Brown previously lowered her personal best in the 50m free on Thursday. She ranks third in the U.S. this year in that event.

Emily Escobedo dealt Lilly King a rare domestic defeat in the 200m breaststroke. Escobedo lowered her personal best by .87 and clocked 2:22.00, moving to seventh fastest in the world this year and remaining fourth among Americans.

In the men’s 200m breast, Olympic champion Dmitriy Balandin of Kazakhstan was beaten by Cody Miller, the Olympic 100m breast silver medalist. Both were slower than their best times this year.

The next significant swim meet is a Tyr Pro Series stop in Knoxville, Tenn., from Jan. 16-19.

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Mikaela Shiffrin runner-up in Lake Louise downhill

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LAKE LOUISE, Alberta (AP) — Here’s a scary thought for her competition: Mikaela Shiffrin is still getting comfortable with the intensity and the speed of the downhill.

That’s why podium finishes are still a little surprising even to her.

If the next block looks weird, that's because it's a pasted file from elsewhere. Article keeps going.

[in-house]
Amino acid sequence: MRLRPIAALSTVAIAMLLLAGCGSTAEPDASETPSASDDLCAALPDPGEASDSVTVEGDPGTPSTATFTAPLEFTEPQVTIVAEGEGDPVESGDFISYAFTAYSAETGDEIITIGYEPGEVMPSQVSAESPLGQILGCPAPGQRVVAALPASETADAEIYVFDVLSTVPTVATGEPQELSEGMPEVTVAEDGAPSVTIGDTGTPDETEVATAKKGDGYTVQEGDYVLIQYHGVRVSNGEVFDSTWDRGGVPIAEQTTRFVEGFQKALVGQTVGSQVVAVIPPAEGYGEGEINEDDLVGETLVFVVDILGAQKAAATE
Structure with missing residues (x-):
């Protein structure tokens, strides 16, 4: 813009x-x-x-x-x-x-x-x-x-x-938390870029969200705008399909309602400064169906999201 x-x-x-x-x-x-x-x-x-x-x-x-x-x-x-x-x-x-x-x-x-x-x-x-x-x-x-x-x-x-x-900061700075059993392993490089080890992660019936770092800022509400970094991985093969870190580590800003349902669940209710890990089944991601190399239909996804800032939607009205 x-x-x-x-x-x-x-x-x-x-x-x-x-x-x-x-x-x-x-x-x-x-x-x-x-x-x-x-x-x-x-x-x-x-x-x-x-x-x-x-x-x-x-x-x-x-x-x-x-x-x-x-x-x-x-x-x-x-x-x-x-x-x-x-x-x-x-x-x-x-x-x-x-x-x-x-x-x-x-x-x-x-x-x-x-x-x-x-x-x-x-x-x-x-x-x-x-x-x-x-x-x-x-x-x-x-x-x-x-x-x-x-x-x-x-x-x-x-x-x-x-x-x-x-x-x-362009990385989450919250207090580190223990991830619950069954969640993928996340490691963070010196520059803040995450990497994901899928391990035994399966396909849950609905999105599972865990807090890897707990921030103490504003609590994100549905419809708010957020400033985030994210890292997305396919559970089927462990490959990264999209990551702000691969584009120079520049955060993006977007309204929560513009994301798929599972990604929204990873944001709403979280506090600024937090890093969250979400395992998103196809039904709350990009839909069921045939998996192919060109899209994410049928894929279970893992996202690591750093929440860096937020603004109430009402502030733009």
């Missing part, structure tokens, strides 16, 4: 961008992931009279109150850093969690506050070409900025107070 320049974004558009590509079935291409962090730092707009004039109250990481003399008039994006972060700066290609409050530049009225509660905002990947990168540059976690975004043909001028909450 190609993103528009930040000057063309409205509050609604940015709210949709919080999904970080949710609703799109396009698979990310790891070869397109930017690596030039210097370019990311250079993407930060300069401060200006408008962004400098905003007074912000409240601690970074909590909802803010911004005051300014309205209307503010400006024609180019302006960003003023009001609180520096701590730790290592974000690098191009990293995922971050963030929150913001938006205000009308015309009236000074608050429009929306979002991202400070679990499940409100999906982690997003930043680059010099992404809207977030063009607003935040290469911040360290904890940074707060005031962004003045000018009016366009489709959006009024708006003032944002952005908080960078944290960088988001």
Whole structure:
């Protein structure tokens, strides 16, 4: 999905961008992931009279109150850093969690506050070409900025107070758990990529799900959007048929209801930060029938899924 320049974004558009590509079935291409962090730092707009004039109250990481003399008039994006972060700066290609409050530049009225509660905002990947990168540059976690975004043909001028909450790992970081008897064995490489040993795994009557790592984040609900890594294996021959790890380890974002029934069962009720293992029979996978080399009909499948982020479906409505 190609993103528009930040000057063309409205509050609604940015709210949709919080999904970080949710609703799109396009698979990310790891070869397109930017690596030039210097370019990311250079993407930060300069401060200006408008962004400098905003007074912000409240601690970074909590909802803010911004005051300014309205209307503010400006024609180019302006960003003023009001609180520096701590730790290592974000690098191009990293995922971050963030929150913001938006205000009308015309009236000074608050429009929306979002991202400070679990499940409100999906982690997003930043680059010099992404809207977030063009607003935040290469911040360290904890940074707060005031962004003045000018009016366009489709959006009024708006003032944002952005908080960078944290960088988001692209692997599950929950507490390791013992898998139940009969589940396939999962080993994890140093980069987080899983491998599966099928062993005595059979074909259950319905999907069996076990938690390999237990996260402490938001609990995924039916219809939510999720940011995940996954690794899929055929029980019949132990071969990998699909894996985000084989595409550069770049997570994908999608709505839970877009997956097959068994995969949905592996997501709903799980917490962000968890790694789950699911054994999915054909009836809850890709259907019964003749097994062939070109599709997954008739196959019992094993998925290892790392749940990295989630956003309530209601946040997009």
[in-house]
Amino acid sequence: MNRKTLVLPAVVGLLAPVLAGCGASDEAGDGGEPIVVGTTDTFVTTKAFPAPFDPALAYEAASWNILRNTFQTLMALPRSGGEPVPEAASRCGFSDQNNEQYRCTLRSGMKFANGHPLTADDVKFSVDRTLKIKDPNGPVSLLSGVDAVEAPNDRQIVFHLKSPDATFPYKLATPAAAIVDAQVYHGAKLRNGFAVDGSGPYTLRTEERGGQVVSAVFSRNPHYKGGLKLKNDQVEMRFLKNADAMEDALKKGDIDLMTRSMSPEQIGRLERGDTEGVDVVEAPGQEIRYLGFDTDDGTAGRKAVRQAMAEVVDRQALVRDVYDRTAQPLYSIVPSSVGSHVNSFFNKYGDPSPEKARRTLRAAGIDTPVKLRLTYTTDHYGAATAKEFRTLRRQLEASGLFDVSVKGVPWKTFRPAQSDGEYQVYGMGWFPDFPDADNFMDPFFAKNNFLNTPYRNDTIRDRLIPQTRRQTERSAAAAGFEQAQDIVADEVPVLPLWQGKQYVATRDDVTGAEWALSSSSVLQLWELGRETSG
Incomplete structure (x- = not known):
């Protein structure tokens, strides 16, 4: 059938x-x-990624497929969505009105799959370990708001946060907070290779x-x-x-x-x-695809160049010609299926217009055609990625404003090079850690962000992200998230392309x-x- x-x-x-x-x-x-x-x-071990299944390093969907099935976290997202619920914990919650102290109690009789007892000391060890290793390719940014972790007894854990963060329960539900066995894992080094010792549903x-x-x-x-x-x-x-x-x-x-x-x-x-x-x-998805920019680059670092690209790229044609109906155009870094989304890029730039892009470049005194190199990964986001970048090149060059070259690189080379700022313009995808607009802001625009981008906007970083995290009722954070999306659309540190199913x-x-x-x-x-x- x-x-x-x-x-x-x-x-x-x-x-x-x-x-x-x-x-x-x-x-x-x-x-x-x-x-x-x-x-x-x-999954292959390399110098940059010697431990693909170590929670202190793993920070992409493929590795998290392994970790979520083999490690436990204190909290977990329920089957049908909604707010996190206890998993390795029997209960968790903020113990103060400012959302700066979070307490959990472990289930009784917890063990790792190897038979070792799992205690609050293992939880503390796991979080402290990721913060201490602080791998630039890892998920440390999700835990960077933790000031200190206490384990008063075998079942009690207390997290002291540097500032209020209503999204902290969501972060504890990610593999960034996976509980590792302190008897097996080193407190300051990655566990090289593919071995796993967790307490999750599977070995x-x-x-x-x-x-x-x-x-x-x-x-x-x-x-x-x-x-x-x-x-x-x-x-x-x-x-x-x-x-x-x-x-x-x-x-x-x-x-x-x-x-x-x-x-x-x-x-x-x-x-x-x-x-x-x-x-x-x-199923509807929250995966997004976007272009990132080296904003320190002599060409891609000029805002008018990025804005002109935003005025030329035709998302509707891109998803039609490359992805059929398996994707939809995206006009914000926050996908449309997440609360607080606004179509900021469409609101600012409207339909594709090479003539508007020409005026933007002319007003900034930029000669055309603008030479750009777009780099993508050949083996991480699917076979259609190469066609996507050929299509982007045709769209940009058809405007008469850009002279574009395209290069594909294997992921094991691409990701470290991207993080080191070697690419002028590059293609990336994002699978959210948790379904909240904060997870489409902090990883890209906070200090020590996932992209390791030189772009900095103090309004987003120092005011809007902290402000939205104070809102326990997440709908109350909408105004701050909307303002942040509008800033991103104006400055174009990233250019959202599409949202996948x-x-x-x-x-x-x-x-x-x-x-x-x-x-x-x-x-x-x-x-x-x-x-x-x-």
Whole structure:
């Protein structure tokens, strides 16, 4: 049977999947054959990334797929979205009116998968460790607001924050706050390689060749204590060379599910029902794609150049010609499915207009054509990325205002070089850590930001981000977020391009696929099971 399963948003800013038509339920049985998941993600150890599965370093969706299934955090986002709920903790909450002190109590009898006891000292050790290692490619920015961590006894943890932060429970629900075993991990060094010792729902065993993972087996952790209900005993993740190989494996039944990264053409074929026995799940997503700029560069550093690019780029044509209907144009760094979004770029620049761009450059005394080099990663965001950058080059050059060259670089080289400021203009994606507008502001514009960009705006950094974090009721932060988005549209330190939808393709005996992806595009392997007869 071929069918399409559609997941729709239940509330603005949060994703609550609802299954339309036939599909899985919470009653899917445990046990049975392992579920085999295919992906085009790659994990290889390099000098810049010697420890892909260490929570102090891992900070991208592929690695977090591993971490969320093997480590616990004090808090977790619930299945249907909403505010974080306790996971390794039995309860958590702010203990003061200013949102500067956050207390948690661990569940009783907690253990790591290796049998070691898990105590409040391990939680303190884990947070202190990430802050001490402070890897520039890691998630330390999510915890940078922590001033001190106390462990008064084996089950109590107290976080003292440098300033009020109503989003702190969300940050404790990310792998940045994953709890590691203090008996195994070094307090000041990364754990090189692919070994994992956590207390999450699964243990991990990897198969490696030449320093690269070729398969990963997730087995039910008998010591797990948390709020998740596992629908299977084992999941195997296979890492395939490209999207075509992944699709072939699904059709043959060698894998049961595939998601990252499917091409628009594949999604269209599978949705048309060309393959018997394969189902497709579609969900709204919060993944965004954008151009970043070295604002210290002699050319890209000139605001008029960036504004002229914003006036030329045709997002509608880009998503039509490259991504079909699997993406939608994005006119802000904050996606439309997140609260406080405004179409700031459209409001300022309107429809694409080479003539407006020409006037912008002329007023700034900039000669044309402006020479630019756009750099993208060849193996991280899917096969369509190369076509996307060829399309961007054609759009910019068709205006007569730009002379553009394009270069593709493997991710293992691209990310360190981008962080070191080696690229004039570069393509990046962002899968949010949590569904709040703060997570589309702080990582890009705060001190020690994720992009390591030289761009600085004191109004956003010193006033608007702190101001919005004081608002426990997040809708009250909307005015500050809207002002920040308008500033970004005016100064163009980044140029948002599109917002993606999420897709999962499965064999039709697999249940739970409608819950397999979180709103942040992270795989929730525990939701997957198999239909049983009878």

The American three-time overall World Cup champion finished runner-up to Nicole Schmidhofer of Austria in a downhill race Saturday. Schmidhofer cruised through the course in 1 minute, 49.92 seconds to edge Shiffrin by 0.13 seconds. Francesca Marsaglia of Italy wound up third.

Schmidhofer has four career World Cup wins, with three of them arriving at Lake Louise.

Known as a tech specialist, Shiffrin is steadily getting up to speed in the speed events. This was Shiffrin’s fourth career World Cup podium finish in the downhill, which includes a Lake Louise win in 2017.

So, does Shiffrin anticipate this kind of downhill success?

“No, no, no,” the 24-year-old from Colorado said. “It’s certainly not normal (for a downhill podium). Even racing downhill doesn’t feel normal. But I feel every year like I have more experience and get more comfortable.”

Shiffrin currently sits at 62 World Cup wins, which ties her with Austrian great Annemarie Moser-Proell for second-most on the women’s side. Lindsey Vonn had 82 wins before her retirement.

“I’m certainly more comfortable with the long skis,” Shiffrin said of downhill racing. “Right now, it’s enjoying it, because speed is a little bit extra for me. My goal is to be able to succeed in speed as well. It’s making the transition and trying to have fun with it.”

Czech Republic skier and snowboarder Ester Ledecka finished fourth Saturday. She was the surprise winner of Friday’s season-opening downhill, which was delayed and shortened by heavy snowfall on the mountain. The race Saturday was restored to its full length.

Next up, a super-G on Sunday.

“It’s always been a little bit tricky for me from downhill skis to super-G skis and to change the timing a little bit,” Shiffrin said. “I’m going to have fun.”